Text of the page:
Meet Simon Stewart, the creator of Selenium WebDriver.
If you are involved in test automation at any level, you’ve probably heard of it.
It’s kind of a big deal.
What is Selenium WebDriver
Simon summarized WebDriver as:
- A library for browser automation
- Provided for almost every programming language
- You must manage browser version
- Does not have a built-in framework for actually running tests
- Relies on language proved tools like Jasmine, Junit
First and foremost, Selenium WebDriver is not a standalone testing tool. It’s an API that allows you to programmatically interact with a browser the way a real user would. Although Selenium is primarily used to help test a web application but can be used for any task where you need browser automation.
Selenium WebDriver is often referred to as Selenium 2. Selenium drives a web browser using keyboard and mouse emulations.
The key word here is browser.
Selenium WebDriver is just for testing browser applications. It will not work against thick client applications or APIs.
What Programming Languages can you use to create your Selenium Webdriver tests
As you’ve seen Selenium is really just an API. One benefit of this is that you can use pretty much whatever programming language you want to create your automated test with. Here are the language bindings currently supported by Selenium:
- Selenium WebDriver Ruby
- Selenium WebDriver C#
- Selenium WebDriver Java
- Selenium WebDriver Python
Noticed I said *supported. You can also find non-supported implementations of the Selenium WebDriver protocol for exotic language like Haskell
Running Selenium against Browsers
In order to run your selenium test against different browsers, you will also need to use different browser specific executables that WebDriver uses to control the browser.
- Chrome: ChromeDriver
- Firefox: GeckoDriver
- Microsoft Internet Explorer: IeDriver
- Microsoft Edge: EdgeDriver
- GhostDriver: GhostDriver
Why was Selenium WebDriver Created?
When I asked Simon about WebDriver’s origins, he said it actually began as an implementation of the facade design pattern.
There were other tools out there, and they were perfectly fine to help automate browsers, but their APIs were clunky.
Additionally, some of the existing tools grossly violated the rules of object orientation. Selenium WebDriver was born out of the desire to have an easy-to-use, readable API that also followed solid, object-oriented principles.
Simon Stewart talks about the past, present, and future of Selenium in my interview with him at SauceCon:
What about Selenium 1?
Jason Huggins created Selenium while working at ThoughtWorks, and it was a revolutionary invention at the time.
Soon after, Simon decided to develop WebDriver up to a point where it could replace the original Selenium.
What is the Future of Selenium?
Modern web browsers are getting more and more complicated, and not all of them are open source.
Many of the changes the Selenium open-source developers want to make, and with the level of privilege they have, will require fairly deep integration with the browser, and the only people who are really in a position to do that are the browser vendors.
So the next milestone is clearly the W3C spec.
I think the most interesting thing about the W3C WebDriver spec is that it’s where the Selenium project ceases to be around one obscure body of open source developers and becomes an industry standard—which, in turn, makes it incredibly hard for a single individual to exert any form of control over it.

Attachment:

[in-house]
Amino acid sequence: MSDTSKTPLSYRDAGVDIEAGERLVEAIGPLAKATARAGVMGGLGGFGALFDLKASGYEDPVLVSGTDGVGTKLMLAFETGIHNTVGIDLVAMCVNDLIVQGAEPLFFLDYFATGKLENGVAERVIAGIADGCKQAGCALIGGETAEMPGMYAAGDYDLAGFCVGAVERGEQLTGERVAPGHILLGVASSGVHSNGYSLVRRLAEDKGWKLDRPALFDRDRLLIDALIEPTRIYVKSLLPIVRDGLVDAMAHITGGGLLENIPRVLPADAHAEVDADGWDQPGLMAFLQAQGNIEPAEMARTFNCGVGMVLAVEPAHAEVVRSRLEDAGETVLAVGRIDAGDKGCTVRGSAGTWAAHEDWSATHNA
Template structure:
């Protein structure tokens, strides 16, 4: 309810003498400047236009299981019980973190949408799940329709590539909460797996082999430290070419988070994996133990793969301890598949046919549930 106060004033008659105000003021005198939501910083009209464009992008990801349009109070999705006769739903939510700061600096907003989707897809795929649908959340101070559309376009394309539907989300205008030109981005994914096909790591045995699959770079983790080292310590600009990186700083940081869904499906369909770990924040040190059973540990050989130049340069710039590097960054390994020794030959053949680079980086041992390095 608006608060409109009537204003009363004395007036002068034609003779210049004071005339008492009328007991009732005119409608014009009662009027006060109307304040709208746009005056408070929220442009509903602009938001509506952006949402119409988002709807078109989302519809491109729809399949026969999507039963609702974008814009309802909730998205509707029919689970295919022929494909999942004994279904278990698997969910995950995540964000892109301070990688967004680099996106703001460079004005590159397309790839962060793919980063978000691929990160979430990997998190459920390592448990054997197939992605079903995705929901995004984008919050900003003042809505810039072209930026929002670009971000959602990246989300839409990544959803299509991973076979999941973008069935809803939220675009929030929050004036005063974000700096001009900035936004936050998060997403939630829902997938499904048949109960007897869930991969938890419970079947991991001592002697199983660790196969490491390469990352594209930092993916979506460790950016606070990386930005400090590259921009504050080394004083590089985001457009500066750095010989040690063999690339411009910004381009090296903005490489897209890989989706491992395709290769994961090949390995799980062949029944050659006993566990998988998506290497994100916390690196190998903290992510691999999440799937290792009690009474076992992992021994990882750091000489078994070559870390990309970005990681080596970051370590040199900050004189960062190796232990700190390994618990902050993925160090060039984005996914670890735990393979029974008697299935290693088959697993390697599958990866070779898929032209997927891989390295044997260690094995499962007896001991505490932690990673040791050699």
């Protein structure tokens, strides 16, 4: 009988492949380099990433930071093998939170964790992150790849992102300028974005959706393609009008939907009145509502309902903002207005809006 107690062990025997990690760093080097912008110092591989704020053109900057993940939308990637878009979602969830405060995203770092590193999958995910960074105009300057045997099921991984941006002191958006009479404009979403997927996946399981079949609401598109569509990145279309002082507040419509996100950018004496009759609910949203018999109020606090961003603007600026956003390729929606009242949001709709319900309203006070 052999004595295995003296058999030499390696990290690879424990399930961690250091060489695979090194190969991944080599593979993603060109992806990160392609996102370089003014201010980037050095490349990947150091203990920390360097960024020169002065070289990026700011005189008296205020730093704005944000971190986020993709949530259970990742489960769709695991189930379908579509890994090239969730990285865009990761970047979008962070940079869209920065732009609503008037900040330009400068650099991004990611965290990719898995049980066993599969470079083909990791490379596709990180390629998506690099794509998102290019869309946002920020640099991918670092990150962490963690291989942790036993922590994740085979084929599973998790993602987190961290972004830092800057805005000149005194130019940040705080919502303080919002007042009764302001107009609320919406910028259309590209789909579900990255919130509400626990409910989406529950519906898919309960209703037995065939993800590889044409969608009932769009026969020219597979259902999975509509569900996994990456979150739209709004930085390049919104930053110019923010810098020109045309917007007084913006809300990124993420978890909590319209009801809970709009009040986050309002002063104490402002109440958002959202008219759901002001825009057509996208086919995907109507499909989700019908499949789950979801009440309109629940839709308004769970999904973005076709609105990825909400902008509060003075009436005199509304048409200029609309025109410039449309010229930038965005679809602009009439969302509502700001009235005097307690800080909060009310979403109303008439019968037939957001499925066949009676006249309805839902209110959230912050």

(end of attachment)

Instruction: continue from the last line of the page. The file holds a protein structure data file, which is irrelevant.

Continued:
This is a good thing.
Since Selenium is going to be a Standard, Why isn’t Everyone Using It?
There are a host of new tools out there that for some reason don’t leverage Selenium WebDriver.
It seems to me they are trying to reinvent something that already exists.
Rather than trying to replicate the WebDriver functionality that already exists, I’d like to see them utilize the WebDriver that’s baked into the browsers.
The Rest is History
What Simon initially thought was going to be a few months of work has turned into a ten-year project with multiple contributors changing the way we automate browsers.
Simon’s Actionable Automation Advice for Using Selenium WebDriver
Simons actionable Selenium WebDriver advice is first if you have an XPath that is literally a path for your document, Html, body, etc. You’re doing it wrong! Stop, think, there’s a better way of doing this.
The second piece of advice. For a Selenium webdriver example: WebDriver.findelement will return an element, and you can keep hold of that reference.
Often I look at peoples test, and they got driver.findelement the same element send keys, driver.findelement, the same element submit and you scratch you’re head.
Each WebDriver call is an RPC and if your using system like source, for example, you’ve just gone out over the Internet. And the problem is you can just keep hold of the element reference and your good.
So really that should be WebDriver.findelement and keep hold of that reference — element.clear, element.sendkeys, element.submit and you’ve reduced the amount of work you’re doing. You’ll have sped up the tests and if you find that finding stale elements exceptions being thrown that means the applications is changing the state in a way that you weren’t expecting.
And as a tester that should just set off all sorts of alarm bells, or is a developer I should be setting off alarm bells going like how come I don’t know the state of the application? So that stale element exception is not a problem. It’s an opportunity to go and find out more about what is going on in the application.
Besides Simon, there are Other Selenium Contributors
Here are a few other TestTalks interviews I’ve had with other Selenium contributors like:
Jim Evans who is one of the key contributors to the Selenium project. He is also the man behind the Selenium .NET bindings, and the Internet Explorer driver.
Dave Haeffner: The Selenium Webdriver Java Guidebook: